Defense Under a Liability Policy Pulled Right Before Trial -- And Then Reversed

Liability insurance policies, such as commercial general liability and professional liability insurance policies, require the insurer to appoint a law firm to defend the insured when a lawsuit is filed against the insured. In addition to the “defense” obligation, the liability insurance includes “indemnification”, meaning that any settlement, jury verdict, or judgment will be paid for by the insurance company, within the dollar limits and coverage of the policy.  But the defense obligation cannot be overlooked as one of the most important aspects of a liability policy.

Our client was a lawyer on the verge of facing a trial against him for malpractice.  His professional liability insurer, last minute and without warning, pulled the plug on its defense, leaving the client without an attorney for the trial.  His prior attorneys, paid for by the insurance company up until the time of trial, had years of knowledge about the case, but were now not available.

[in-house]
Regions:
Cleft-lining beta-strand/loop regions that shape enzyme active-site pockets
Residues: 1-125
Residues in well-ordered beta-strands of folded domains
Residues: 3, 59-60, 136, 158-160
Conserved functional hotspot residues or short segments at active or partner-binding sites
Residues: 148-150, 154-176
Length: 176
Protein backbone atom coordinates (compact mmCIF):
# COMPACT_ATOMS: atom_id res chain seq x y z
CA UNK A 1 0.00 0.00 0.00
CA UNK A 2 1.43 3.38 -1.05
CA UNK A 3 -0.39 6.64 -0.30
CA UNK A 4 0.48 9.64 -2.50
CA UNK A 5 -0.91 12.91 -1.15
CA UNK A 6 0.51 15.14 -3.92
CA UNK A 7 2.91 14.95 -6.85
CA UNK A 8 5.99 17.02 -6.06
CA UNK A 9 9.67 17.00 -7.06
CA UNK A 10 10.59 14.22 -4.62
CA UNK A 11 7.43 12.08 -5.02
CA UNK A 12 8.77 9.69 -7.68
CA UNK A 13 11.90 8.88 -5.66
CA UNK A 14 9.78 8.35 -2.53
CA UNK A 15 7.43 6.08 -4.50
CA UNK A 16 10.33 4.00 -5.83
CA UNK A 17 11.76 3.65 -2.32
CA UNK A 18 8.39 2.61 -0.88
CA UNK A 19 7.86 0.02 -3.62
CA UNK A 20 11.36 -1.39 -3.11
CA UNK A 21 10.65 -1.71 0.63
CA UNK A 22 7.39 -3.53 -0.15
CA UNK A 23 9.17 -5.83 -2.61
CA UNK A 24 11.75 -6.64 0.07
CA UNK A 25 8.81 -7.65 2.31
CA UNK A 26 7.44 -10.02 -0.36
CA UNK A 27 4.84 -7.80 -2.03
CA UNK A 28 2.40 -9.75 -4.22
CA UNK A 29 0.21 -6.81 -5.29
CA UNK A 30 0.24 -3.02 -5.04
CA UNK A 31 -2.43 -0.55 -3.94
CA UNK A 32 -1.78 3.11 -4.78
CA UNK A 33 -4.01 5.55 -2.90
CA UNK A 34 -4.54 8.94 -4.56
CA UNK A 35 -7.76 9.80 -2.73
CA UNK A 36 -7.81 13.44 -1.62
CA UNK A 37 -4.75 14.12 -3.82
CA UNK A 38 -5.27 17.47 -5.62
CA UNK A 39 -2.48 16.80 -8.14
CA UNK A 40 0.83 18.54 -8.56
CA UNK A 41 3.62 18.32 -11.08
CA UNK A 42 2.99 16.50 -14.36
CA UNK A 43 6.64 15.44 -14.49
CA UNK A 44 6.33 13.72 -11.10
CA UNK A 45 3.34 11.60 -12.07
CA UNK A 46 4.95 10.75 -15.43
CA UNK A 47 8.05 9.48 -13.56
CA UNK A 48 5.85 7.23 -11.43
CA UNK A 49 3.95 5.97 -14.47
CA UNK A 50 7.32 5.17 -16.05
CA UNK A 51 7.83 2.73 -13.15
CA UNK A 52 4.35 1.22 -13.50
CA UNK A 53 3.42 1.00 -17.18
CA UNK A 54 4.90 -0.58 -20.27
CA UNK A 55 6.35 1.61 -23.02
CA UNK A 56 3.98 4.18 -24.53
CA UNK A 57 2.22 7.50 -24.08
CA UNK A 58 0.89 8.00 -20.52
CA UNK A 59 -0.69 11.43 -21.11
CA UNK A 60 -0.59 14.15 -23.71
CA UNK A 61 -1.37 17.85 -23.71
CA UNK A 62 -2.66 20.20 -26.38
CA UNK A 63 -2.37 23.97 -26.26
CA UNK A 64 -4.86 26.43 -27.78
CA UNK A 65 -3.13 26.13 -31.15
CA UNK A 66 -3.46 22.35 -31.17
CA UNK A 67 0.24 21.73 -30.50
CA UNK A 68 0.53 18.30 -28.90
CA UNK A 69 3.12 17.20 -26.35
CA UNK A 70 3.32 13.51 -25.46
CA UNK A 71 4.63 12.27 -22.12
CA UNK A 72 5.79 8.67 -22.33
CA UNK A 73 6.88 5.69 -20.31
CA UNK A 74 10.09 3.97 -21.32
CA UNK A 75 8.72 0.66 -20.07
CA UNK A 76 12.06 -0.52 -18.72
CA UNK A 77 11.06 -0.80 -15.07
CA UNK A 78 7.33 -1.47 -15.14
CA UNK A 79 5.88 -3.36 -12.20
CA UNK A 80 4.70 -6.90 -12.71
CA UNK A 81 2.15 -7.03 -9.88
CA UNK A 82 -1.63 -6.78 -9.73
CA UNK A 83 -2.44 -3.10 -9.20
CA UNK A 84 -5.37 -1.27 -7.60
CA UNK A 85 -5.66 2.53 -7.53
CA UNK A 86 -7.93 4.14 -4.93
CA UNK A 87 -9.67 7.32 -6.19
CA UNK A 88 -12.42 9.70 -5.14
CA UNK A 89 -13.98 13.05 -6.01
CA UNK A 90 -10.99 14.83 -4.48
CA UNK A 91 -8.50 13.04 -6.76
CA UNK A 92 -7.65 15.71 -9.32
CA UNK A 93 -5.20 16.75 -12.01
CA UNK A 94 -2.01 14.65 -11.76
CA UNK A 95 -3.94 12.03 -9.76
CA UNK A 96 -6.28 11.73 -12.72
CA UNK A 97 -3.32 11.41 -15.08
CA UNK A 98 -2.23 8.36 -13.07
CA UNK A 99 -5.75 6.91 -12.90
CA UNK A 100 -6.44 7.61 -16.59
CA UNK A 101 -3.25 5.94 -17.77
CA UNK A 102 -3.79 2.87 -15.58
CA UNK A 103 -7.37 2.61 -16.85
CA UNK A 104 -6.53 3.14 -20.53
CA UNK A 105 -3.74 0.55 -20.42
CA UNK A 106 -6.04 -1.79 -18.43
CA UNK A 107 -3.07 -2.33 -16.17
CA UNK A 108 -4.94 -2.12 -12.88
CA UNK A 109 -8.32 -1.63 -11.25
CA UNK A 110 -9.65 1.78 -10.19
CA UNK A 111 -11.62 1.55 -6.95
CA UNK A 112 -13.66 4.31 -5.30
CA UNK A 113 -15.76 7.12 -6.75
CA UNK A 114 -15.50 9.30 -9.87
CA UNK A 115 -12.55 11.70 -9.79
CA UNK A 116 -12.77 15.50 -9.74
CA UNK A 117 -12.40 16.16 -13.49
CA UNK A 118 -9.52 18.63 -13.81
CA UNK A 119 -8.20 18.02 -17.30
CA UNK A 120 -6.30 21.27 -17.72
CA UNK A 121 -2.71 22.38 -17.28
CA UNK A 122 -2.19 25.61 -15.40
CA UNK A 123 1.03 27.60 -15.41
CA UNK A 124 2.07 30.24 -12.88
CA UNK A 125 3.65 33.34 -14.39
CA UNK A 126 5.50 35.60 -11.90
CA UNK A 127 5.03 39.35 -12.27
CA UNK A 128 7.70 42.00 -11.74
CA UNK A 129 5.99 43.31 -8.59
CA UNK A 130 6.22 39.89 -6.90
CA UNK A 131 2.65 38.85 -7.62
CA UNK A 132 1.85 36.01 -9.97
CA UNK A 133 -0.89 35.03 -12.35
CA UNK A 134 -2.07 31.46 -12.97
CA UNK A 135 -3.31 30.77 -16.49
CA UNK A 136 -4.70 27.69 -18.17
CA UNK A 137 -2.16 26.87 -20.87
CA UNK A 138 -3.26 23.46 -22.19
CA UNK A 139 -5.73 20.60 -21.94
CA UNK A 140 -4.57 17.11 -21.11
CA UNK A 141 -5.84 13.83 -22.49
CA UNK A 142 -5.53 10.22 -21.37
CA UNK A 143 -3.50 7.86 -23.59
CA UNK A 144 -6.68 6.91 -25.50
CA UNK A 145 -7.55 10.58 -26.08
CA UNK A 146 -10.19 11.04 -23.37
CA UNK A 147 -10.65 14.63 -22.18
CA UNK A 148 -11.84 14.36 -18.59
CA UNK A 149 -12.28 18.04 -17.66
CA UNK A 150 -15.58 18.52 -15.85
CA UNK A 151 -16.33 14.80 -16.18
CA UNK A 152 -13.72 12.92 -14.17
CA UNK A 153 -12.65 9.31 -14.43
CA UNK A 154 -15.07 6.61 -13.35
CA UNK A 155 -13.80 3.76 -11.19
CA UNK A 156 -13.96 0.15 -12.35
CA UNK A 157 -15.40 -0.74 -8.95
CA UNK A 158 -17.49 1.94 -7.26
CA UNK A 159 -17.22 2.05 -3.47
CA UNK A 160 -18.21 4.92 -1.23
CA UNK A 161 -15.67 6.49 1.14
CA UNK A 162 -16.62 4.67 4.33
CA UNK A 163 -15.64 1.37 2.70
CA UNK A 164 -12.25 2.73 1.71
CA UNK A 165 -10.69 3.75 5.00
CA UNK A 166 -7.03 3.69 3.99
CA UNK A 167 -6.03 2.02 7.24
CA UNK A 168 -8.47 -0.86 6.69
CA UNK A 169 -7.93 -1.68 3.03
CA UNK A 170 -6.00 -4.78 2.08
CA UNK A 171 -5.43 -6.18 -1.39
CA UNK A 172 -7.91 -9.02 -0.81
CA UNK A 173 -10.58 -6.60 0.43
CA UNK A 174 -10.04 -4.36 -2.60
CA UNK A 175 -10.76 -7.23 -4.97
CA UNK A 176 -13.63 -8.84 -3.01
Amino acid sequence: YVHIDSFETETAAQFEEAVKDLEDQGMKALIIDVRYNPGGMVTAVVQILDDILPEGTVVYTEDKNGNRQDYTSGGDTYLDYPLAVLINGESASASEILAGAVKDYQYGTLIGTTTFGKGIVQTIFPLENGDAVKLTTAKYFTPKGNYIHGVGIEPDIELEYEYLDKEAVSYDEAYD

We wrote an extensive letter to the insurance company with strong legal precedent showing that the insurer’s conduct was wrong and that it needed to immediately resume funding of the defense for the trial and re-hire the law firm that had been on the case all along.

The insurance company, after reviewing our letter and engaging in discussions with Mr. Quadrino, reversed course and resumed — successfully — the defense of the litigation.

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